Endpoint analytics can also give clues to security breakdowns and help identify policies or hardware issues that may be slowing down devices, so you can proactively make changes without disrupting end users 

Paired together, security reporting and endpoint analytics can help an IT department understand the data flowing in to and out of its network, detect potential threats and monitor user experience and hardware. The safety of an organization’s data and IT systems increasingly depends on having an effective, real-time monitoring security and endpoint analytics solution. 

Kollective for Software Delivery Accelerates Patching & Provides Insight into System Health with Intelligent Analytics Reporting 

According to IBM Cost of a Data Breach Report 2020 , the average cost of a corporate data breach is $3,860,000. Extensive cloud migrations are the number one cause of data breach, with 24% occurring at the end point, 19% due to a system misconfiguration and 16% because of a vulnerability in third-party software. To help avoid a costly breach, increase your endpoint security by reducing network risk with Kollective for Software Delivery .  

Kollective helps minimize the risk of data breach by ensuring 100% delivery of software updates and security patches when distributing content via Microsoft System Center Configuration Manager (SCCM). By leveraging the scale and flexibility of the cloud, Kollective optimizes software updates and patch delivery to minimize downloads and vulnerabilities with faster and more reliable patch distribution. 

Kollective’s solution delivers: 

  • 70% faster software deployment 
  • No impact to network bandwidth 
  • Analytics that provide a full view of your network 

Want to make your SCCM more powerful? Kollective IQ is an advanced analytics platform that gives you deeper insight into all your endpoints. It allows you to easily create dashboards and reports, providing the metrics your organization needs to better understand network performance and verify the success of deliveries.  

With Kollective for Software Delivery you can achieve greater than 95% peering efficiency, and significantly reduce your Wide Area Network (WAN) bandwidth utilization. This means faster and more reliable delivery of ConfigMgr content to the edge of your network. Kollective IQ provides the analytics you need to ensure your network environment is secure and fully optimized.  

To learn more about Kollective for Software Delivery, request to speak with an expert today. 

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​Branch Cache Vs. Peer Cache Vs. Delivery Optimization Vs. Distribution Points

branch cache

Throughout the various iterations of ConfigMgr (SCCM), we have seen numerous technologies integrated into the management platform. These integrations were either directly or indirectly built to help administrators tackle the challenges presented when managing thousands of devices in an enterprise at scale.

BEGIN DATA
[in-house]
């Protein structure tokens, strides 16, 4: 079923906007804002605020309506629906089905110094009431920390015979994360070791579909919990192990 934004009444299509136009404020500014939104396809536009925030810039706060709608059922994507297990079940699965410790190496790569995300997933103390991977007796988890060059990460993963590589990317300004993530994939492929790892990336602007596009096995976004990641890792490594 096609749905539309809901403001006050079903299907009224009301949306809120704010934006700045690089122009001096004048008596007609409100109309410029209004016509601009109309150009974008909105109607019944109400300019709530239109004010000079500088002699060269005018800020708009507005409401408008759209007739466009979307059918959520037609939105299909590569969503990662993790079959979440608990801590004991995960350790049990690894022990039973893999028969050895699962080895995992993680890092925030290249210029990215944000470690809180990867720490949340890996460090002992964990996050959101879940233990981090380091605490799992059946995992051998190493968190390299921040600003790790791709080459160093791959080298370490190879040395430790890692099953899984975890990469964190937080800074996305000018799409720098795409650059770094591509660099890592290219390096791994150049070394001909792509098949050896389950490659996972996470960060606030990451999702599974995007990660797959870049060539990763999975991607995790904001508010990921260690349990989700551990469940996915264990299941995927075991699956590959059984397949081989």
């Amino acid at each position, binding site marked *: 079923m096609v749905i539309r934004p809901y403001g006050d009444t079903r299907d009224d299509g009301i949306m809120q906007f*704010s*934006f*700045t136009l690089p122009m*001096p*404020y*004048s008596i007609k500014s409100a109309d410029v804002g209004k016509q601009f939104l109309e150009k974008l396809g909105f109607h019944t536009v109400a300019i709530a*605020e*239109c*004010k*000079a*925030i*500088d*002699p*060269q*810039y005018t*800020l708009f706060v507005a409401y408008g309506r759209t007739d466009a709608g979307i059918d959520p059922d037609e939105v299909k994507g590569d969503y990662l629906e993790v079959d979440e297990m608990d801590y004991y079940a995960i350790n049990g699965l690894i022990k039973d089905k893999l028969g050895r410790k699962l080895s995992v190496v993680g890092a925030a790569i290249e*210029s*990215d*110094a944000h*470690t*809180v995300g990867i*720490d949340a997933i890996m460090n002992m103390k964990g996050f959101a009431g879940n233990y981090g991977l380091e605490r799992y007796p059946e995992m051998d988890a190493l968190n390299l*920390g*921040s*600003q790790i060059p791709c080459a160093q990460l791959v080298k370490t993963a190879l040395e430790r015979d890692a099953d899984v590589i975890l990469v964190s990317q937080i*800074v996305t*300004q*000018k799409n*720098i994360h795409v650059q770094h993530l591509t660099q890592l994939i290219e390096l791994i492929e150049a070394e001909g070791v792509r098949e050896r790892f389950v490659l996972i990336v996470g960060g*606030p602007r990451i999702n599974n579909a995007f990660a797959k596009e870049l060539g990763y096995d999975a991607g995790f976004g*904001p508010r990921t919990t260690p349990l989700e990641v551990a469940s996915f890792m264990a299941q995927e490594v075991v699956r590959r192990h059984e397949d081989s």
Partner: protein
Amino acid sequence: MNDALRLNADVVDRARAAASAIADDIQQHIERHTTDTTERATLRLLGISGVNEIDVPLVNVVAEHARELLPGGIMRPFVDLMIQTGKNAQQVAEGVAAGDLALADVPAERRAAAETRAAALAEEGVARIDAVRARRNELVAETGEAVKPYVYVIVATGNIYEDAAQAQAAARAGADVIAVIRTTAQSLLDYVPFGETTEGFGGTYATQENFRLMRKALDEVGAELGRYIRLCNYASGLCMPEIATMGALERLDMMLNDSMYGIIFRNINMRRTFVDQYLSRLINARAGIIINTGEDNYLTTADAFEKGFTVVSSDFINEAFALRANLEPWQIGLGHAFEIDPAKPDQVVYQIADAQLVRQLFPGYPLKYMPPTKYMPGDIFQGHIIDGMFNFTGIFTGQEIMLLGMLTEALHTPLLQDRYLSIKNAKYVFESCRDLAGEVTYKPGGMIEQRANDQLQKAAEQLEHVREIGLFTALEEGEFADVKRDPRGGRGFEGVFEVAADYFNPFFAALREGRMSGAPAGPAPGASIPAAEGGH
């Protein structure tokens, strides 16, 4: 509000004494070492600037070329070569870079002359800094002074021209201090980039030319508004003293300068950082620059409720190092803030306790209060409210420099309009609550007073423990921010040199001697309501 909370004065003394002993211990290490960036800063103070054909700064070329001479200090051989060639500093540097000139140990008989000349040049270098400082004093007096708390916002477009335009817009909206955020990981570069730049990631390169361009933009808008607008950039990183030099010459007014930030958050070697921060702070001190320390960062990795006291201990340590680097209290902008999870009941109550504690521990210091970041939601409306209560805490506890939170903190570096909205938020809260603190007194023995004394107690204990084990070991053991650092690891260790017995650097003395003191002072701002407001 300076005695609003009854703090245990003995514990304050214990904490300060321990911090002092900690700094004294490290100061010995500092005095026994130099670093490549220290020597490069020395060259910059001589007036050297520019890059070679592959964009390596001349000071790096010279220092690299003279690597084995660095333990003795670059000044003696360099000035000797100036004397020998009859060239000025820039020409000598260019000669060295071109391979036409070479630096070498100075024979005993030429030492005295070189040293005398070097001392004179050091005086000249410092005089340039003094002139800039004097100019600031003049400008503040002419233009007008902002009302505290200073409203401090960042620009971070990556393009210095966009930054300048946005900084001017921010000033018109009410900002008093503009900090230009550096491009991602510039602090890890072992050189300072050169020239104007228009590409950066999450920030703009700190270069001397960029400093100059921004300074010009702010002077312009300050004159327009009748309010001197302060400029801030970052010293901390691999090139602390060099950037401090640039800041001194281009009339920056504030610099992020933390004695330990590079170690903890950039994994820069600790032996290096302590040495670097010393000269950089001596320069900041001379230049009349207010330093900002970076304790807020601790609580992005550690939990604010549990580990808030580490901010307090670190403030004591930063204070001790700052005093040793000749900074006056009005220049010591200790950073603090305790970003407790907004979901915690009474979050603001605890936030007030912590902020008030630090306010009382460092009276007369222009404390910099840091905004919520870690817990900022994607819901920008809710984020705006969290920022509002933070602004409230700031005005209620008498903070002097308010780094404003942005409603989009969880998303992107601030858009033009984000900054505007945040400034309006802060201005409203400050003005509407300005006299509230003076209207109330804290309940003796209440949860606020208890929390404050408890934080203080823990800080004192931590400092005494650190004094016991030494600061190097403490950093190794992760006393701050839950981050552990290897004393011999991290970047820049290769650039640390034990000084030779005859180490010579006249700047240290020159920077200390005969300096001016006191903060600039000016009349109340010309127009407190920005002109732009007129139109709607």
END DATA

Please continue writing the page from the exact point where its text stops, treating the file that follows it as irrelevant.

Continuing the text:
The current wave of these which I want to talk about are primarily aimed at addressing 3 critical areas:

  1. Efficient deployment and management of Windows devices
  2. Mechanisms to streamline existing ConfigMgr infrastructure
  3. Effective utilization of WAN bandwidth

So firstly, why do we need to think or address these areas?

Organisations are often more globally dispersed with 10’s if not 100’s of offices spread throughout different regions. These remote offices put an ever-increasing strain on the infrastructure and networks required to operate in these scenarios. ConfigMgr is a scalable solution, however, in the past this would typically mean that IT departments would continue to deploy Distribution Points to each of the regional offices to provide management and Software deployment services for endpoints at each of these locations. The issue becomes that this approach can frequently introduce just as many problems for IT as it intends to solve, thus increasing the infrastructure footprint when organisations are generally looking to reduce infrastructure and move away from on-prem services and solutions. Finally, if you don’t deploy the Distribution Point infrastructure and perhaps opt for remote software deployment services, then this will inevitably only increase the strain on organisations Wide Area Network (WAN) links often causing congestion with a whole host of application and business services all fighting for a piece of the available (and sometimes limited) bandwidth. This ultimately, doesn’t help IT or the business drive efficiencies.

Keeping pace with new trends

One key area that brings this topic into sharp focus has been the trend of the “as a Service” (aaS) model, and specifically Windows 10. Windows 10 is delivered leveraging the Windows as a Service (WaaS) model. Unlike Operating Systems of the past that would have a pre-defined life-cycle and interim updates to maintain stability and security, this means that Windows 10 will be perpetually updated on an on-going basis much like we experience with other technology platforms such as our smartphones. In my opinion, this is a largely positive move as it will provides far greater control on which version(s) can exist; and by ‘exist’, I mean ‘be supported’. It enables Microsoft to introduce new features incrementally, ensuring ongoing support for technological changes can be satisfied. But, as we have seen, the operating system improvements in sophistication and complexity also means an increase in the size of updates required to service and maintain the core system. One area where this has presented a challenge in the Enterprise space is understanding how organisations will maintain this ongoing change, and a key aspect of this is the systems used to managed and maintain these systems today ConfigMgr.